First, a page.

mol dm^{3}  mol dm^{3}  
k  =  dm^{3} mol^{1} s^{1}  k  =  dm^{3} mol^{1} s^{1} 
Questions 1  3 P117
and / or carry out method 2 at home
Concentration  time graphs:
Half  life:
Concentration  time graph for a first order reaction:
2N_{2}O_{(g)}  à  2N_{2(g)}  +  O_{2(g)} 
Other concentration  time graphs:
Zero order  First order  Second order 



Qu 1  2 P 119
Qu 1 P159
Orders from rate  concentration graphs
Zero order  First order  Second order 
Horizontal straight line 
Proportional straight line 
Proportional curve 
Initial rates:
A) From concentration  time graphs:
B) From clock reactions:
appearance of a precipitate  
disappearance of a solid  
a change in colour 
Example  Sodium thiosulphate and hydrochloric acid:
Na_{2}S_{2}O_{3(aq)}  +  2HCl_{(aq)}  à  2NaCl_{(aq)}  +  S_{(s)}  +  SO_{2(aq)}  +  H_{2}O_{(l)} 
Na_{2}S_{2}O_{3} 
HCl 

Proportional straight line 1st order wrt [Na_{2}S_{2}O_{3}] 
Horizontal straight line zero order wrt [HCl] 
Rate  =  k [Na_{2}S_{2}O_{3}]^{1} [HCl]^{0} 
Rate  =  k [Na_{2}S_{2}O_{3}] 
Questions 1,2 P 121
Initial rates and the rate constant
Determination of orders by inspection:
Example:
Consider the reaction:
2NO_{(g)}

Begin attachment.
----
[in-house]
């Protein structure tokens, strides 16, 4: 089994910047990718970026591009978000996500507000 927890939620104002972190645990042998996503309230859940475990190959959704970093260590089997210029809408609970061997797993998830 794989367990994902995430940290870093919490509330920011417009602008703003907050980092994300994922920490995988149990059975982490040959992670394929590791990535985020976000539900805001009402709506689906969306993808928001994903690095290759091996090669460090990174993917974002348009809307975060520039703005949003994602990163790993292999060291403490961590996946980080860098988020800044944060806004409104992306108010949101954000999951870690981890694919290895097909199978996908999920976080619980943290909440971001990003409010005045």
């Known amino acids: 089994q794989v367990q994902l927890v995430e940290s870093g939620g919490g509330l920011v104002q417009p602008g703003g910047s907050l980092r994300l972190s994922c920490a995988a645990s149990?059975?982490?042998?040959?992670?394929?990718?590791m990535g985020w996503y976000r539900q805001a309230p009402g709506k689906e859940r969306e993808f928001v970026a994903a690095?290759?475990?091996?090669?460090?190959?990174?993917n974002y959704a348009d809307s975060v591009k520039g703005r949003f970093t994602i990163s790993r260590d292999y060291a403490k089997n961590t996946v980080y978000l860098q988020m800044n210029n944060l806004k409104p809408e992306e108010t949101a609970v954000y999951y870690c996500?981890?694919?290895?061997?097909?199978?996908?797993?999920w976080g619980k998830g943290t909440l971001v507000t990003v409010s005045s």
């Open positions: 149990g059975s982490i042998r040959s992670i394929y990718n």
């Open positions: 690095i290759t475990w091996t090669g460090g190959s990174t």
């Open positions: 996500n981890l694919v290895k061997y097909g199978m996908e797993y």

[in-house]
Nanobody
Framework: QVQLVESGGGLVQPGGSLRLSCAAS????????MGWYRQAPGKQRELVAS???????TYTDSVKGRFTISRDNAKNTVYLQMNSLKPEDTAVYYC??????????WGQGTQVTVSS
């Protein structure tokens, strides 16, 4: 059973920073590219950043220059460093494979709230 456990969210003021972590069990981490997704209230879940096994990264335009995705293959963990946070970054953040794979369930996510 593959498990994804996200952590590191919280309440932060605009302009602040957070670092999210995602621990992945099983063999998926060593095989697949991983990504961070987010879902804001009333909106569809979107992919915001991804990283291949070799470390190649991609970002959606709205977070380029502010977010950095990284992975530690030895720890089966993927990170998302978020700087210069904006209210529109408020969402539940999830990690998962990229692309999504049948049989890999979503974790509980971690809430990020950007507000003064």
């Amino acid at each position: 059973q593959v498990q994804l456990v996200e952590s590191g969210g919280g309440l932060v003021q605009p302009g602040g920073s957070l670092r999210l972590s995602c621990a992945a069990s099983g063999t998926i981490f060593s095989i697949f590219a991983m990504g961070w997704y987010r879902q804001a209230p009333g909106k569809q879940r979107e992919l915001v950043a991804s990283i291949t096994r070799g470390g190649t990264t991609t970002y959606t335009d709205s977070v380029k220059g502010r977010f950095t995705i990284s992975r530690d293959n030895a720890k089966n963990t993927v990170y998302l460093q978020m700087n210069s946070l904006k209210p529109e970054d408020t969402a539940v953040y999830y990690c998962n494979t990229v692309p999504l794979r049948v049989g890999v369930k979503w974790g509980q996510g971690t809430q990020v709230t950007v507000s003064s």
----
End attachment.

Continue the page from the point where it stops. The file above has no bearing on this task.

+  O_{2(g)}  à  4NO_{2} 
Experiment  Initial concentration [NO] (mol dm^{3})  Initial concentration [O_{2}] (mol dm^{3})  Initial rate (mol dm^{3} s^{1}) 
1  0.00100  0.00100  1.82 x 10^{6} 
2  0.00100  0.00300  5.46 x 10^{6} 
3  0.00200  0.00100  7.28 x 10^{6} 
Order for NO:
Order for O_{2}:
Rate  =  k [NO]^{2 } [O_{2}]^{1} 
Rate  =  k [NO]^{2 } [O_{2}]^{1}  Rate  =  k [NO]^{2 } [O_{2}]^{1}  
k  =  Rate  k  =  Rate  
[NO]^{2 } [O_{2}]^{1}  [NO]^{2 } [O_{2}]^{1}  
k  =  5.46 x 10^{6}  k  =  mol dm^{3 }s^{1}  
(0.00100)^{2}
x (0.00300)

(mol dm^{3})^{2}  mol dm^{3}  
k  =  1820  k  = 


(mol dm^{3})^{2} 


k  =  s^{1}  
(mol dm^{3})^{2}  
k  =  dm^{6} mol^{2} s^{1} 
The rate constant, k:
Concentration  
rate constant 
The effect of temperature on the rate constant
Questions 12 P123
Step 1  Step 2  Step 3  
Get out 2 slices of bread  Butter the bread add the ham between the slices and assemble the sandwich  Put the sandwich in a sandwich bag 
NO_{2(g)}  +  CO_{(g)}  à  NO_{(g)}  +  CO_{2(g)} 
Second order wrt NO_{2(g)}  
Zero order wrt CO_{(g)} 
First step 
NO_{2}  +  NO_{2}  à  Slow  Rate Determining Step 
First step  NO_{2}  +  NO_{2}  à  Slow  Rate Determining Step  
Second step  +  CO  à  +  CO_{2}  Fast  
Overall  NO_{2}  +  CO  à  NO  +  CO_{2} 
First step  NO_{2}  +  NO_{2}  à  Slow  Rate Determining Step  
Second step  +  CO  à  NO_{2}  +  CO_{2}  Fast  
Overall  NO_{2}  +  CO  à  NO  +  CO_{2} 
First step  NO_{2}  +  NO_{2}  à  NO_{3}  +  Slow  Rate Determining Step  
Second step  NO_{3}  +  CO  à  NO_{2}  +  CO_{2}  Fast 
Overall  NO_{2}  +  CO  à  NO  +  CO_{2} 
First step  NO_{2}  +  NO_{2}  à  NO_{3}  +  NO  Slow  Rate Determining Step 
Second step  NO_{3}  +  CO  à  NO_{2}  +  CO_{2}  Fast 
Overall  NO_{2}  +  CO  à  NO  +  CO_{2} 
Summary:
If a reactant appears in the rate equation, then that reactant takes part in the slow step of the reaction (RDS). If it does not appear in the rate equation then the reactant does not participate in the slow step (RDS).